Date of Final Oral Examination (Defense)
Type of Culminating Activity
Doctor of Philosophy in Electrical and Computer Engineering
Electrical and Computer Engineering
Kurtis D. Cantley, Ph.D.
Kristy A. Campbell, Ph.D.
Benjamin C. Johnson, Ph.D.
In this dissertation, memristor-based spiking neural networks (SNNs) are used to analyze the effect of radiation on the spatio-temporal pattern recognition (STPR) capability of the networks. Two-terminal resistive memory devices (memristors) are used as synapses to manipulate conductivity paths in the network. Spike-timing-dependent plasticity (STDP) learning behavior results in pattern learning and is achieved using biphasic shaped pre- and post-synaptic spikes. A TiO2 based non-linear drift memristor model designed in Verilog-A implements synaptic behavior and is modified to include experimentally observed effects of state-altering, ionizing, and off-state degradation radiation on the device. The impact of neuron “death” (disabled neuron circuits) due to radiation is also examined.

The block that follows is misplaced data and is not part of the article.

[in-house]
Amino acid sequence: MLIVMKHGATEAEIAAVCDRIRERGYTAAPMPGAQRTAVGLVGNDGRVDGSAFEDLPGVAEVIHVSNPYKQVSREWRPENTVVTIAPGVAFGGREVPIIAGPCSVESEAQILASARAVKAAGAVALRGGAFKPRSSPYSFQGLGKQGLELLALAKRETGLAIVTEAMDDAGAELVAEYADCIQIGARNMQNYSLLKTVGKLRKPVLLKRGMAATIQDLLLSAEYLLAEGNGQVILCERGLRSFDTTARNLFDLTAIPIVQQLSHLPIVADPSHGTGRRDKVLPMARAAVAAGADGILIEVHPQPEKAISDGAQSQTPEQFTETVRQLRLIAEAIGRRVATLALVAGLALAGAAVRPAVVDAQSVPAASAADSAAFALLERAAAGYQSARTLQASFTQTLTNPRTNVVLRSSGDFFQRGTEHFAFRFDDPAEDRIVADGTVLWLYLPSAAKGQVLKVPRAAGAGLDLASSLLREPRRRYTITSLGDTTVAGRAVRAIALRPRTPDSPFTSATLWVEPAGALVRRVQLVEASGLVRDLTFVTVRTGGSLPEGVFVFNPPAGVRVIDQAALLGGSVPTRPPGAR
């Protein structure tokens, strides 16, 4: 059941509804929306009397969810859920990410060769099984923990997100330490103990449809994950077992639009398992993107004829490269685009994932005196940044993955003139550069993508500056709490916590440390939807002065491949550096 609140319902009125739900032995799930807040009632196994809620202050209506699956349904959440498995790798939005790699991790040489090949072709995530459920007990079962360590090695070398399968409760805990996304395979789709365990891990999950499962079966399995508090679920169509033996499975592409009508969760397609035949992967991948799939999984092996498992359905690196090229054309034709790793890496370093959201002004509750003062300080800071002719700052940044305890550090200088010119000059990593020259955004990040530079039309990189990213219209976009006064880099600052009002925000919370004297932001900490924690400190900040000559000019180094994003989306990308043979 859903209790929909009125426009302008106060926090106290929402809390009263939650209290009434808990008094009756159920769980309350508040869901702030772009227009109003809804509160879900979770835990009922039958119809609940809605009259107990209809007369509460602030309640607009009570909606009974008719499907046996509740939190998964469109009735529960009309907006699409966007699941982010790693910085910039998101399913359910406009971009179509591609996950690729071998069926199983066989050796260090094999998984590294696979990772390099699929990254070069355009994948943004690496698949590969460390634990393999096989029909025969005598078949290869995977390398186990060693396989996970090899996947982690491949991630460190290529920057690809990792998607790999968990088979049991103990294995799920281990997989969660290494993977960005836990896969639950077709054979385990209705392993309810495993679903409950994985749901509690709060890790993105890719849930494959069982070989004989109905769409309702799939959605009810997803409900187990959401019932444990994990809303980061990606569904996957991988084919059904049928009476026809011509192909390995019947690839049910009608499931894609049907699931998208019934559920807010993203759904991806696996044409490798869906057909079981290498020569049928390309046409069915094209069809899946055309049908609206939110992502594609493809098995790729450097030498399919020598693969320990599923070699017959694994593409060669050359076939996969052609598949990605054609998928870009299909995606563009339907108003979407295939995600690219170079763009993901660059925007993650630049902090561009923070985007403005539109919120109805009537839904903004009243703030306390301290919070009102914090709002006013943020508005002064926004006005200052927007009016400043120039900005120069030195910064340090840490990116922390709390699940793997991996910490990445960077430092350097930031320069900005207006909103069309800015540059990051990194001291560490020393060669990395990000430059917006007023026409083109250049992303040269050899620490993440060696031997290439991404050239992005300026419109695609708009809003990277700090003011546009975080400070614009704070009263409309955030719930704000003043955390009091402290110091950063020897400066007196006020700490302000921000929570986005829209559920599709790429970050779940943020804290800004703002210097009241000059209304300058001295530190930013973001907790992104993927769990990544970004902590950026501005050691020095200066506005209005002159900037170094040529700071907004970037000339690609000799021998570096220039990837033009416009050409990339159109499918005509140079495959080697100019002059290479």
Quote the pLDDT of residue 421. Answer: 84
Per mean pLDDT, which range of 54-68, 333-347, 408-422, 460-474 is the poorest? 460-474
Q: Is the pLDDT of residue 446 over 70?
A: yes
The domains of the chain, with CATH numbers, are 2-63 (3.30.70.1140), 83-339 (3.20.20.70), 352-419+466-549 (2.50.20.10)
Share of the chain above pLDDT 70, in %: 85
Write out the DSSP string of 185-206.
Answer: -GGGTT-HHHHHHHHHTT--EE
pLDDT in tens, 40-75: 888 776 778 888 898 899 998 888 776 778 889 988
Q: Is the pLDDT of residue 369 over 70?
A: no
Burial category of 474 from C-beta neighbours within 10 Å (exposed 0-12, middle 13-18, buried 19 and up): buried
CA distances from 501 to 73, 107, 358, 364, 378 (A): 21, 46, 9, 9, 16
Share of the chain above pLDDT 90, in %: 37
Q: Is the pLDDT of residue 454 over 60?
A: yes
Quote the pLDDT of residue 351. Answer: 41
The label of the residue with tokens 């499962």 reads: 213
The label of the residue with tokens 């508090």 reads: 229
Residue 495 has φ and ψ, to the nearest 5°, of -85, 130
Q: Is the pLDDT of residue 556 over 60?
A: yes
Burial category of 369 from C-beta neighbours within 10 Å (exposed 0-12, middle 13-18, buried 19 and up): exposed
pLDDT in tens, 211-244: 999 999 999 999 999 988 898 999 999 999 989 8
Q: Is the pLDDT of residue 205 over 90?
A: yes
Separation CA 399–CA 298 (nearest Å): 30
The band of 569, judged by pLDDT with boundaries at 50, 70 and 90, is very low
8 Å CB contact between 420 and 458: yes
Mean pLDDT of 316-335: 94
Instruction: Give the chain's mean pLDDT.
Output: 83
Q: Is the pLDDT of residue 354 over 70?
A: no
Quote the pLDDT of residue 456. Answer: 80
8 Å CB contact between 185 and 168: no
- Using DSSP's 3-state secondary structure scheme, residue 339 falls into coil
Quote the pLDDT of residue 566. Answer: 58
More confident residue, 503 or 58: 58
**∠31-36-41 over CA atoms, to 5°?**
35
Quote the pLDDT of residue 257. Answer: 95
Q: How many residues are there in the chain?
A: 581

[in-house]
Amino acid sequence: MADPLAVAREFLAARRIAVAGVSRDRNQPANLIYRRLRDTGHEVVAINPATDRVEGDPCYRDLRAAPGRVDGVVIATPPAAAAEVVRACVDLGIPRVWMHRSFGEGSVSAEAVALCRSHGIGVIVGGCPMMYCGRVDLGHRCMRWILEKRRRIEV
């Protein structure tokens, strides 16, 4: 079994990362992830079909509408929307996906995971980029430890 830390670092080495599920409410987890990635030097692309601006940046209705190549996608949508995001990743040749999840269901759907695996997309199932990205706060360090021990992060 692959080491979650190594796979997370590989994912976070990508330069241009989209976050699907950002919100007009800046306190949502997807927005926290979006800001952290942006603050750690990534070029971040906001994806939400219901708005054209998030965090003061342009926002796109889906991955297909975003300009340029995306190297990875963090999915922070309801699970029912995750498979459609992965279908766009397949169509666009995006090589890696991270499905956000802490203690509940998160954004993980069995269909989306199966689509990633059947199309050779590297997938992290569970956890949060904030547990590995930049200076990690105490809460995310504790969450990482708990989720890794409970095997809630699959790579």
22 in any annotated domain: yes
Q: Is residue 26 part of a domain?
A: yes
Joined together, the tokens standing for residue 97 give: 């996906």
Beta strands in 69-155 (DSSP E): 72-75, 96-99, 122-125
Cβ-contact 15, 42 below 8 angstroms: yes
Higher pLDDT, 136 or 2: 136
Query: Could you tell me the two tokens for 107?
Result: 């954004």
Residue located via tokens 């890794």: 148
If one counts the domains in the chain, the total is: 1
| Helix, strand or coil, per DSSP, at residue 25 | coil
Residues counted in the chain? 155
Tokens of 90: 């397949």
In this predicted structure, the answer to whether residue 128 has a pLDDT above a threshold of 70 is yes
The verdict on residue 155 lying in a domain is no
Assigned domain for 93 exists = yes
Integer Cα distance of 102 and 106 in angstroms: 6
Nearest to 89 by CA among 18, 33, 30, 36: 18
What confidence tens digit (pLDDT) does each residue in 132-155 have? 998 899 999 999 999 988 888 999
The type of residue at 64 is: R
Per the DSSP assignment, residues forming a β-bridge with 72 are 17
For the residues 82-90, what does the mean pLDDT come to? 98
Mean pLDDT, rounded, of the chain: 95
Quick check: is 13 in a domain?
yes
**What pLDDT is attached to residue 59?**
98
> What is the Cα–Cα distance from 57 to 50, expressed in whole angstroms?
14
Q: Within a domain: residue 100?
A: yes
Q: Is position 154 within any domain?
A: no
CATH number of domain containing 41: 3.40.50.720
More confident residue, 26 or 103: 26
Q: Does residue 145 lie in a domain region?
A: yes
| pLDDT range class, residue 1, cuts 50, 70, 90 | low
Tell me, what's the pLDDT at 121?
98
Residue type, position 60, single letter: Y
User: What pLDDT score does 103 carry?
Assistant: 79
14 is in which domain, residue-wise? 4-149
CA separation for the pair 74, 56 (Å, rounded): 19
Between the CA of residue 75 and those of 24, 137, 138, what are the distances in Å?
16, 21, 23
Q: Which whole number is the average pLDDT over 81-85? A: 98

In general, radiation interaction events distort the STDP learning curve undesirably, favoring synaptic potentiation. At lower short-term flux, the network is able to recover and relearn the pattern with consistent training, although some pixels may be affected due to stability issues. As the radiation flux and duration increases, it can overwhelm the leaky integrate-and-fire (LIF) post-synaptic neuron circuit, and the network does not learn the pattern. On the other hand, in the absence of the pattern, the radiation effects cumulate, and the system never regains stability. Neuron-death simulation results emphasize the importance of non-participating neurons during the learning process, concluding that non-participating afferents contribute to improving the learning ability of the neural network. Instantaneous neuron death proves to be more detrimental for the network compared to when the afferents die over time thus, retaining the network’s pattern learning capability.
Dahl, Sumedha Gandharava, "The Effects of Radiation on Memristor-Based Electronic Spiking Neural Networks" (2020). Boise State University Theses and Dissertations. 1713.